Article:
June 12, 2021

Column: Kawhi Leonard’s virtuoso game must be just the start for Clippers

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Clippers forward Kawhi Leonard (2) drives past Mavericks guard Jalen Brunson during Game 6 on June 4, 2016.

He did what LeBron James couldn’t, which is why the Clippers are alive and the Lakers aren’t.

Twenty-three months after he agreed to move to the less-glamorous and frequently ridiculed franchise in Los Angeles, Kawhi Leonard became a bonafide Hollywood leading man.

Ignore for a moment that his masterpiece was staged in Dallas.

Finally, he performed like the player the Clippers admired from a distance. At last, he dominated like the player from whom they restructured their entire team.

And if the Clippers are to take down the Dallas Mavericks at Staples Center on Sunday in Game 7 of their first-round series, Leonard will almost certainly have to reprise his scintillating 45-point solo act from a 104-97 victory in Game 6.

Leonard on Friday night was Joaquin Phoenix in “Joker.” He was Itzhak Perlman at the Disney Concert Hall. He was Richard Pryor on the Sunset Strip.

The stage was his, and his only, as he dominated Mavericks guard Luka Doncic on both ends of the court.

“Great players perform in big moments and he was huge, man,” Clippers coach Tyronn Lue said. “That just shows you who Kawhi Leonard is.”

Leonard matched his career playoff high in scoring, established two seasons earlier in Game 1 of a second-round series against the Philadelphia 76ers. His Toronto Raptors went on to win their first championship that season.

When the Clippers were down by seven points with less than six minutes remaining in the third quarter, Leonard went on a one-man 11-0 run.

He sank a mid-range jumper. He drained a three-pointer. He was fouled attempting another three and converted each of his free throws. He made another three in transition.

He scored the Clippers’ final 15 points of the quarter.

Leonard finished off the Mavericks by scoring 12 more points in the fourth quarter on five-of-five shooting.

And that was only half of the story.

He was also the Clippers’ primary defender on Doncic. Leonard wanted the assignment, according to Lue.

Doncic finished with 29 points, 11 assists and eight rebounds, but the line was deceptive.

Remove the seven points he scored in the final 52 seconds with the outcome of the game already decided and Doncic made only eight of 20 shots for 22 points. He didn’t hit a three-pointer until there were fewer than five minutes left.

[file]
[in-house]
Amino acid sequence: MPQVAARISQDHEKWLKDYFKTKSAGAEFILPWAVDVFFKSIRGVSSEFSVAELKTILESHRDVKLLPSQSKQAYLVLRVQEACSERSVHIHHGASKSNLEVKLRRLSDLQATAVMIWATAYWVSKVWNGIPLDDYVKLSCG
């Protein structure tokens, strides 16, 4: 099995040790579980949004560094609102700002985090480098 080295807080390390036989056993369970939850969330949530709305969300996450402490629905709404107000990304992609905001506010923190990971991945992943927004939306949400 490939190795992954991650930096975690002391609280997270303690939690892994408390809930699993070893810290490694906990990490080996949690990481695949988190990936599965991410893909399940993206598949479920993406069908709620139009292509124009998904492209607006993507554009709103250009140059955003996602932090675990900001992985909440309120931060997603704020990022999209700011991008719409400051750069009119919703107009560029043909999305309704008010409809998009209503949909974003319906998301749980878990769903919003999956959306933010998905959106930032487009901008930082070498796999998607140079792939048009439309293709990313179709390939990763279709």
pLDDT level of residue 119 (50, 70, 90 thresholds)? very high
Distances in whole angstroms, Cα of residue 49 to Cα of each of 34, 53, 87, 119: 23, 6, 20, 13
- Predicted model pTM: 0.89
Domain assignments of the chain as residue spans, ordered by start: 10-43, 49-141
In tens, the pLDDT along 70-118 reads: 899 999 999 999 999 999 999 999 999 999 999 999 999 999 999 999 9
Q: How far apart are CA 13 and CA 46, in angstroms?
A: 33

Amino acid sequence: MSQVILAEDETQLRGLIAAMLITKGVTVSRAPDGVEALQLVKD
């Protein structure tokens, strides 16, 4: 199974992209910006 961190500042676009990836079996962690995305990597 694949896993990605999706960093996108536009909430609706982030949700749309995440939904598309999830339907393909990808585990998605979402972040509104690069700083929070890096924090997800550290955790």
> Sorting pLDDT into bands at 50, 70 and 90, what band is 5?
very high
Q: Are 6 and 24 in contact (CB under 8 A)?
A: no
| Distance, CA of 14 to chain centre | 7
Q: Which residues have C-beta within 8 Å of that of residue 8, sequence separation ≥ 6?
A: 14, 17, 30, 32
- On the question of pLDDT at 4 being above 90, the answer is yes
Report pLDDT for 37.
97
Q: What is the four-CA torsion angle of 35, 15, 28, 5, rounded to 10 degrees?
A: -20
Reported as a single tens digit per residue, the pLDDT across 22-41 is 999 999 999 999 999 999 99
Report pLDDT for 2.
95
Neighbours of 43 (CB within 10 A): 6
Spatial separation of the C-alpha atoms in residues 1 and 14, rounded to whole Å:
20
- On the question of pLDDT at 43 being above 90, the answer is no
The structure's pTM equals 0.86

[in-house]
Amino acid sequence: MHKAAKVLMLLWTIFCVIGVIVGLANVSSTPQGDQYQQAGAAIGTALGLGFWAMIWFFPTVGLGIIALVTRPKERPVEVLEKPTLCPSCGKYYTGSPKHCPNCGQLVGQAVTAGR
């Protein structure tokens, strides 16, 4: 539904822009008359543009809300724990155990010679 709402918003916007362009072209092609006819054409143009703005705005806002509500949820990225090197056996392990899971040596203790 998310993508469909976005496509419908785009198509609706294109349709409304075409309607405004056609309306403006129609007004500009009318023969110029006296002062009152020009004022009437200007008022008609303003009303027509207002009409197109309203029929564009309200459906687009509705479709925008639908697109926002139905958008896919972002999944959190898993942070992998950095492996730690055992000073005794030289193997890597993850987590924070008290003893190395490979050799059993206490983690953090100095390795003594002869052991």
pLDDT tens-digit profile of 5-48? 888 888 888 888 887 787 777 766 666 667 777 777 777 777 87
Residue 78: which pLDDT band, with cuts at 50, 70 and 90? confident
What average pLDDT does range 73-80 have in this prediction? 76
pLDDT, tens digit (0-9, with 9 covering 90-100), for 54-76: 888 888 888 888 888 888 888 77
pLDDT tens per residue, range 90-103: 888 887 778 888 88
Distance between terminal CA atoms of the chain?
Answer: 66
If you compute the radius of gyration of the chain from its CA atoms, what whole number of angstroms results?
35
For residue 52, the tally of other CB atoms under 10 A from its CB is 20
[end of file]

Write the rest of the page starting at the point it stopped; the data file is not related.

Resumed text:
“All I could do is try to stay in front of him as much as possible, contest his shots and just try not put him on the [free-throw] line,” Leonard said.

Up to this point, the series was defined by Doncic, who averaged 35 points in the previous five games. As he was starting to be talked about in historic terms, Leonard put him back in his place.

“I mean, he destroyed us,” Doncic said.

The 22-year-old Slovenian couldn’t help but crack a smile.

Leonard delivered when the stakes were at their highest. More than a season was in jeopardy. With a loss, the Clippers’ ambitious project centered around Leonard and Paul George could have come to an end.

Leonard has one more year remaining on his contract after this season, but has the right to void it and become a free agent.

Even if Leonard returns, his partnership with George could dissolve if the Clippers are prematurely bounced from the postseason again. Failure in two consecutive seasons will have to make the team’s brain trust at least reconsider the wisdom of a nucleus consisting of two similar players. Trading George will become a possibility.

This was the backdrop of a performance for the ages, Leonard at 29 doing things James just couldn’t at 36.

James dominated the third quarter in Game 4 of the Lakers’ series against the Phoenix Suns. Leonard had a quarter like that, then another, and another. He scored 13 points in the second quarter, 17 in the third and 12 in the fourth.

Just for his team to avoid an embarrassing first-round elimination, he will have to deliver a few more quarters like that on Sunday.

And if he is to lead the Clippers to places they’ve never reached before, he will have to produce several more after that.

But it’s in him.

He showed that two years ago. He showed that again on Friday.

This story originally appeared in Los Angeles Times.

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